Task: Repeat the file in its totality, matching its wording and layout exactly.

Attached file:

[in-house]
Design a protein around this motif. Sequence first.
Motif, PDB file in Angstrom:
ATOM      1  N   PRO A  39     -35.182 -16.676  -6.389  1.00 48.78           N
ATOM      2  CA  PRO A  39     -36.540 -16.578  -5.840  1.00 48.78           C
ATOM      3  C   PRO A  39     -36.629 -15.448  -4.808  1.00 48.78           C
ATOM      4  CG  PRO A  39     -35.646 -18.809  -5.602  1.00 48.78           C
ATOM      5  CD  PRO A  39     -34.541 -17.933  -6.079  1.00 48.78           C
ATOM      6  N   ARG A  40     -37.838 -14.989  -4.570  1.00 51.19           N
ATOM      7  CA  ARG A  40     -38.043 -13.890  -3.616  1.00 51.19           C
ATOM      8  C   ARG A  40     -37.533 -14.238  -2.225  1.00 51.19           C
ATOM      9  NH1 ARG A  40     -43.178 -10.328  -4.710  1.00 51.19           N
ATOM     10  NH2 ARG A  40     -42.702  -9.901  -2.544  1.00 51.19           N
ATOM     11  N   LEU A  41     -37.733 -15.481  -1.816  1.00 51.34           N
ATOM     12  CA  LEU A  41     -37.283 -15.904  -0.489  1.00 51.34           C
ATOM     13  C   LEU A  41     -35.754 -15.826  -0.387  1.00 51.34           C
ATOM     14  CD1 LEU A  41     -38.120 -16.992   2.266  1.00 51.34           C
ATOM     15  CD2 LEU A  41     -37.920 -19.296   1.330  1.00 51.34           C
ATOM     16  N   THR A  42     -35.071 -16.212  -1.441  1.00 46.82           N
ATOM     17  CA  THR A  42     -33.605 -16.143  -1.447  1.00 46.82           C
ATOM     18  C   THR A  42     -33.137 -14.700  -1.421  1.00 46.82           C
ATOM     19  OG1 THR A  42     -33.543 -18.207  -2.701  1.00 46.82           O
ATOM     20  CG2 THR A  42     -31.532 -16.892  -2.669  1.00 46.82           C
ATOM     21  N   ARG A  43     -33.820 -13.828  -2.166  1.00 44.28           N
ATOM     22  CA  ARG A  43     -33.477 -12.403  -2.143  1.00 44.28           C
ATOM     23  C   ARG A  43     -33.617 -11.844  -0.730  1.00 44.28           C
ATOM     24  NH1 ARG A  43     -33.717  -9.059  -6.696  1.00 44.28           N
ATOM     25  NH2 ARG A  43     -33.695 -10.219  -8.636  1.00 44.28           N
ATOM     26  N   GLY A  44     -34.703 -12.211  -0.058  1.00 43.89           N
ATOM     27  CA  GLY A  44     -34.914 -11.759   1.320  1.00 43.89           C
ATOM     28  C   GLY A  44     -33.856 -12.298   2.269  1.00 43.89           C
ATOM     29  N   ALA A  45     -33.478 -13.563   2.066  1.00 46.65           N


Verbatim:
[in-house]
Design a protein around this motif. Sequence first.
Motif, PDB file in Angstrom:
ATOM      1  N   PRO A  39     -35.182 -16.676  -6.389  1.00 48.78           N
ATOM      2  CA  PRO A  39     -36.540 -16.578  -5.840  1.00 48.78           C
ATOM      3  C   PRO A  39     -36.629 -15.448  -4.808  1.00 48.78           C
ATOM      4  CG  PRO A  39     -35.646 -18.809  -5.602  1.00 48.78           C
ATOM      5  CD  PRO A  39     -34.541 -17.933  -6.079  1.00 48.78           C
ATOM      6  N   ARG A  40     -37.838 -14.989  -4.570  1.00 51.19           N
ATOM      7  CA  ARG A  40     -38.043 -13.890  -3.616  1.00 51.19           C
ATOM      8  C   ARG A  40     -37.533 -14.238  -2.225  1.00 51.19           C
ATOM      9  NH1 ARG A  40     -43.178 -10.328  -4.710  1.00 51.19           N
ATOM     10  NH2 ARG A  40     -42.702  -9.901  -2.544  1.00 51.19           N
ATOM     11  N   LEU A  41     -37.733 -15.481  -1.816  1.00 51.34           N
ATOM     12  CA  LEU A  41     -37.283 -15.904  -0.489  1.00 51.34           C
ATOM     13  C   LEU A  41     -35.754 -15.826  -0.387  1.00 51.34           C
ATOM     14  CD1 LEU A  41     -38.120 -16.992   2.266  1.00 51.34           C
ATOM     15  CD2 LEU A  41     -37.920 -19.296   1.330  1.00 51.34           C
ATOM     16  N   THR A  42     -35.071 -16.212  -1.441  1.00 46.82           N
ATOM     17  CA  THR A  42     -33.605 -16.143  -1.447  1.00 46.82           C
ATOM     18  C   THR A  42     -33.137 -14.700  -1.421  1.00 46.82           C
ATOM     19  OG1 THR A  42     -33.543 -18.207  -2.701  1.00 46.82           O
ATOM     20  CG2 THR A  42     -31.532 -16.892  -2.669  1.00 46.82           C
ATOM     21  N   ARG A  43     -33.820 -13.828  -2.166  1.00 44.28           N
ATOM     22  CA  ARG A  43     -33.477 -12.403  -2.143  1.00 44.28           C
ATOM     23  C   ARG A  43     -33.617 -11.844  -0.730  1.00 44.28           C
ATOM     24  NH1 ARG A  43     -33.717  -9.059  -6.696  1.00 44.28           N
ATOM     25  NH2 ARG A  43     -33.695 -10.219  -8.636  1.00 44.28           N
ATOM     26  N   GLY A  44     -34.703 -12.211  -0.058  1.00 43.89           N
ATOM     27  CA  GLY A  44     -34.914 -11.759   1.320  1.00 43.89           C
ATOM     28  C   GLY A  44     -33.856 -12.298   2.269  1.00 43.89           C
ATOM     29  N   ALA A  45     -33.478 -13.563   2.066  1.00 46.65           N